Up East Ridge Trail to the best view in the park
Tolay Lake Regional Park
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Distance: 5.37 Miles
Duration: 2 hours, 36 minutes
Coppertone and I knocked out our third trail in our 2019 Sonoma County Trails Challenge at Tolay Lake Regional Park. Two more to go!
We took the suggested route across the Causeway Trail and uphill on the East Ridge Trail. We were rewarded with spectacular views of a wide swath of San Pablo Bay and even into San Francisco Bay. The earlier clouds and fog were just beginning to clear so visibility was not ideal, but it was still impressive enough for me to consider this the best viewpoint in the park.
We started our day on the flat causeway walking along a dotted line of trees and being buzzed at high speed by acrobatic chimney swifts. Later in the day on the return leg of the hike they had settled down a bit as the temperatures rose.
To our left were some fenced in fields and a low drainage ditch paralleled the dividing fenceline heading away from us. We heard a rustle of grass and brush (more like a crash) and out of the grass emerges a cow. Closer examination showed there to be several additional cows in the low spot. The loud crash of vegetation and the unexpected emergence of large mammal called to mind a hike we had taken in Montana years ago. But unlike the Moose we saw in Glacier National Park the cow here presented no possible danger.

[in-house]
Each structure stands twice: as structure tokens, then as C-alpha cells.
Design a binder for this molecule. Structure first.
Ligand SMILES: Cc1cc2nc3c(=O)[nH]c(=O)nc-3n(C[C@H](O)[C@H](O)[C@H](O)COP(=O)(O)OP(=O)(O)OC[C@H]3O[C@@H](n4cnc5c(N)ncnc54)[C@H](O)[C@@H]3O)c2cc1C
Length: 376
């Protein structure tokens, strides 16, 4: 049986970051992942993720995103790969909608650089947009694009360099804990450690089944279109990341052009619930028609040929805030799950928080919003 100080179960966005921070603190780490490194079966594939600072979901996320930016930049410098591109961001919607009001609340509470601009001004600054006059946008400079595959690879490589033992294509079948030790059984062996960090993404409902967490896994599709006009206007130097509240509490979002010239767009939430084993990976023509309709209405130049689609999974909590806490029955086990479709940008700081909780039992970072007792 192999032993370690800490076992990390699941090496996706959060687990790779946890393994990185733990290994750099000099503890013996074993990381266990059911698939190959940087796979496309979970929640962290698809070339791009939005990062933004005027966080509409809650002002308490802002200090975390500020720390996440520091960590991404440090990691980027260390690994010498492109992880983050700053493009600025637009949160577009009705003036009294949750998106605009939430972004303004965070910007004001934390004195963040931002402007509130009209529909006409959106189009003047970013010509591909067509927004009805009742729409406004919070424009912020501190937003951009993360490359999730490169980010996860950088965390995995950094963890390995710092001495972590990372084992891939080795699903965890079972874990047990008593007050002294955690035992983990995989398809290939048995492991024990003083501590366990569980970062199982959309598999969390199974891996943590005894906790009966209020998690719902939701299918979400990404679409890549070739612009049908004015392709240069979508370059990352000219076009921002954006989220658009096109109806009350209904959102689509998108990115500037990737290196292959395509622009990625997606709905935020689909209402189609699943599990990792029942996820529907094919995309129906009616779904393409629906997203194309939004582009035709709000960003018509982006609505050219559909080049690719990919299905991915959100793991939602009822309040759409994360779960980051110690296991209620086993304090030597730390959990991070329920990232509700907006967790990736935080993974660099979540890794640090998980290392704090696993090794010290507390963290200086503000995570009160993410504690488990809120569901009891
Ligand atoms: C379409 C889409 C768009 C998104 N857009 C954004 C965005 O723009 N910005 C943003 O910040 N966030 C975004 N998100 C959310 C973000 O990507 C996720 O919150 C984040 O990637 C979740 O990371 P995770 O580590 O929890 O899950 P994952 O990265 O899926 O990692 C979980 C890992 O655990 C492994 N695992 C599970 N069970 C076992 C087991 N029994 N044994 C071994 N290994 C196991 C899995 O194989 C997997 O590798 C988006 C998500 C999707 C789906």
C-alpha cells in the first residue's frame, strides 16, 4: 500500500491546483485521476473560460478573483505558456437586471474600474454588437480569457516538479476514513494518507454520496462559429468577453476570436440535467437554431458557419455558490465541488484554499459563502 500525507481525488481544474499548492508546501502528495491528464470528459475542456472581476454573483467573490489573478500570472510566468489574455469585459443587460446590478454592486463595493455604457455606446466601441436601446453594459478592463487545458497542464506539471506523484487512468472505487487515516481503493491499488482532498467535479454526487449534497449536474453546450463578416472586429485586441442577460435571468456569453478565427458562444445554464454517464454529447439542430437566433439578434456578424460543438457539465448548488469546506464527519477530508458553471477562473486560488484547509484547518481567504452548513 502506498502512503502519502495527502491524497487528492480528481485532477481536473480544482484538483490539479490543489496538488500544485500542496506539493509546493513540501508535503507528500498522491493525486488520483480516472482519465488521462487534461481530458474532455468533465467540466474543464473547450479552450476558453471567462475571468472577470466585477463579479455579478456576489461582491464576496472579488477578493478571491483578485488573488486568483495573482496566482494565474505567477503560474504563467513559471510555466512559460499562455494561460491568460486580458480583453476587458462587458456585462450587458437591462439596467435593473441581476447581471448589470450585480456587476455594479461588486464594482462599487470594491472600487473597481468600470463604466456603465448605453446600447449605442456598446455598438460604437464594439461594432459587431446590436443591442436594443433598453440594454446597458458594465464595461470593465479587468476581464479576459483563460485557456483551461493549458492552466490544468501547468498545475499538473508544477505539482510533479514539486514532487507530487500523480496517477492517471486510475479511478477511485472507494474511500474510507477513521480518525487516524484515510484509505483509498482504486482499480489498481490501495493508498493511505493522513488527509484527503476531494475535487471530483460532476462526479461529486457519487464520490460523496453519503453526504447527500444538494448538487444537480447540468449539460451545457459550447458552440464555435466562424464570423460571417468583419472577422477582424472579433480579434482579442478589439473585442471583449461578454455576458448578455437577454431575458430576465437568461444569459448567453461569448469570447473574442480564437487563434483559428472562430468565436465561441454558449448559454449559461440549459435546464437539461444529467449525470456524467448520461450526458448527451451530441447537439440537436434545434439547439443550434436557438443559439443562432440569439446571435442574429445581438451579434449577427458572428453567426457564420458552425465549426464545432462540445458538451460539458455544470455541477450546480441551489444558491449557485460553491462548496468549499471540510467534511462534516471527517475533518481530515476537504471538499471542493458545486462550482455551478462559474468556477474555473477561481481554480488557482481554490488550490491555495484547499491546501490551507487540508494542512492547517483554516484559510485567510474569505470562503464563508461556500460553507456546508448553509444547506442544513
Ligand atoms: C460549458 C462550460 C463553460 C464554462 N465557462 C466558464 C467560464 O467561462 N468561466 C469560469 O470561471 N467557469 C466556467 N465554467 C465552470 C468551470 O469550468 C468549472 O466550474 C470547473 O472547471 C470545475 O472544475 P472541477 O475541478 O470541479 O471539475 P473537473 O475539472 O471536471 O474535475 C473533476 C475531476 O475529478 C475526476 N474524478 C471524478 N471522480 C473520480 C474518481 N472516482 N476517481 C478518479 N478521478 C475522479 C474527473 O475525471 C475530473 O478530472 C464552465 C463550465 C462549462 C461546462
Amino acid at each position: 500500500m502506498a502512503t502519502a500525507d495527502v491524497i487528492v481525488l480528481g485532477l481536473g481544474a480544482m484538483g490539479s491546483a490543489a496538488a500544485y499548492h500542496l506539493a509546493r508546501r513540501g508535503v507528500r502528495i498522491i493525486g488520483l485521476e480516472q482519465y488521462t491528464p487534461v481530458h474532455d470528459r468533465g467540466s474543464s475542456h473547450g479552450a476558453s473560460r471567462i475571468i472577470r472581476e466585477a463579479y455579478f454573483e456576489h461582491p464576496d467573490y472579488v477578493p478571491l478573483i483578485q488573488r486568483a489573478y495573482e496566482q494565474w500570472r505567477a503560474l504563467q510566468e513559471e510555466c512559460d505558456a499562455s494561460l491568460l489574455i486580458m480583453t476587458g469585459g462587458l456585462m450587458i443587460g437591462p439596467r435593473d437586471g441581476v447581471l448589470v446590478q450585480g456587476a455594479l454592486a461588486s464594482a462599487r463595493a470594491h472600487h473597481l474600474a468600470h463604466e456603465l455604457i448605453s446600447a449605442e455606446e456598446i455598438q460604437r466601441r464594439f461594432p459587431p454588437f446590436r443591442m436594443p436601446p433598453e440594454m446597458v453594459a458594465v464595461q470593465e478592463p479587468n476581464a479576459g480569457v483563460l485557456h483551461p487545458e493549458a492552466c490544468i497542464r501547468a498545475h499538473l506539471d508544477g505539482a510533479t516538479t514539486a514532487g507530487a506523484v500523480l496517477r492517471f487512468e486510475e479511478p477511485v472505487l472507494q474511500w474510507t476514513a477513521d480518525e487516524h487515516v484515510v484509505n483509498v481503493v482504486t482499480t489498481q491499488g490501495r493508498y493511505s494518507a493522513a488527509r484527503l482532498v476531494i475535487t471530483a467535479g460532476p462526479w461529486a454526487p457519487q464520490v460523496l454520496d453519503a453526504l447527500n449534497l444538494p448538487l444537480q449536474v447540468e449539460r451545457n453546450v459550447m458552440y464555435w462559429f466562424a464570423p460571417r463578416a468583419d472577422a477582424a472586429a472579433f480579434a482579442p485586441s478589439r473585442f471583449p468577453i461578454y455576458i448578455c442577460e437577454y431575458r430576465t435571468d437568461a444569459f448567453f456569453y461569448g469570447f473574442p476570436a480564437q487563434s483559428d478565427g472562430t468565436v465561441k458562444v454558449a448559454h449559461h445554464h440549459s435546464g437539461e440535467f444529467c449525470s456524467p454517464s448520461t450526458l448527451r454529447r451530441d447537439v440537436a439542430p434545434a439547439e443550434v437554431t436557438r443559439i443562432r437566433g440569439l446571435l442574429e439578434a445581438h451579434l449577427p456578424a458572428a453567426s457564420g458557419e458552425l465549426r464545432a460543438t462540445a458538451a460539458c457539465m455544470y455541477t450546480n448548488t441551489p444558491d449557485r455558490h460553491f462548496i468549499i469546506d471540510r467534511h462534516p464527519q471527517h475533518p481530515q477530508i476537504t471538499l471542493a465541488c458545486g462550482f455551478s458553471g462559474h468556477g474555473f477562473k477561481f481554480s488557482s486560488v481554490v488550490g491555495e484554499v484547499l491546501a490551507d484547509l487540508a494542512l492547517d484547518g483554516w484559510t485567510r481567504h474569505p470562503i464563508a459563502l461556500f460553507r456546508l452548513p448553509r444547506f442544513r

About 1 mile into the hike the flat terrain turns slighty upward. There are several gates that must be opened and closed along the path to keep the roaming cattle in their proper pastures. Unlike the cows we saw in the ditch the ones from this point on up are in the same fields as hikers. They generally clear a path and get well out of your way.
There's little tree cover on the trail, but as East Ridge Trail continues to climb it makes a turn and parallels and seasonal streambed. Here a line oaks, buckeyes and some others provide a brief respite from the Sun. The respite is short as the trail again breaks out into rolling open grassland for the final push.
We found a hiker already at the Three Bridges Vista Point. She had a blanket laid out and has obviously planned to soak in the vista for an extended period of time. We had a nice chat about the park and the things one can normally see to the south on clearer days.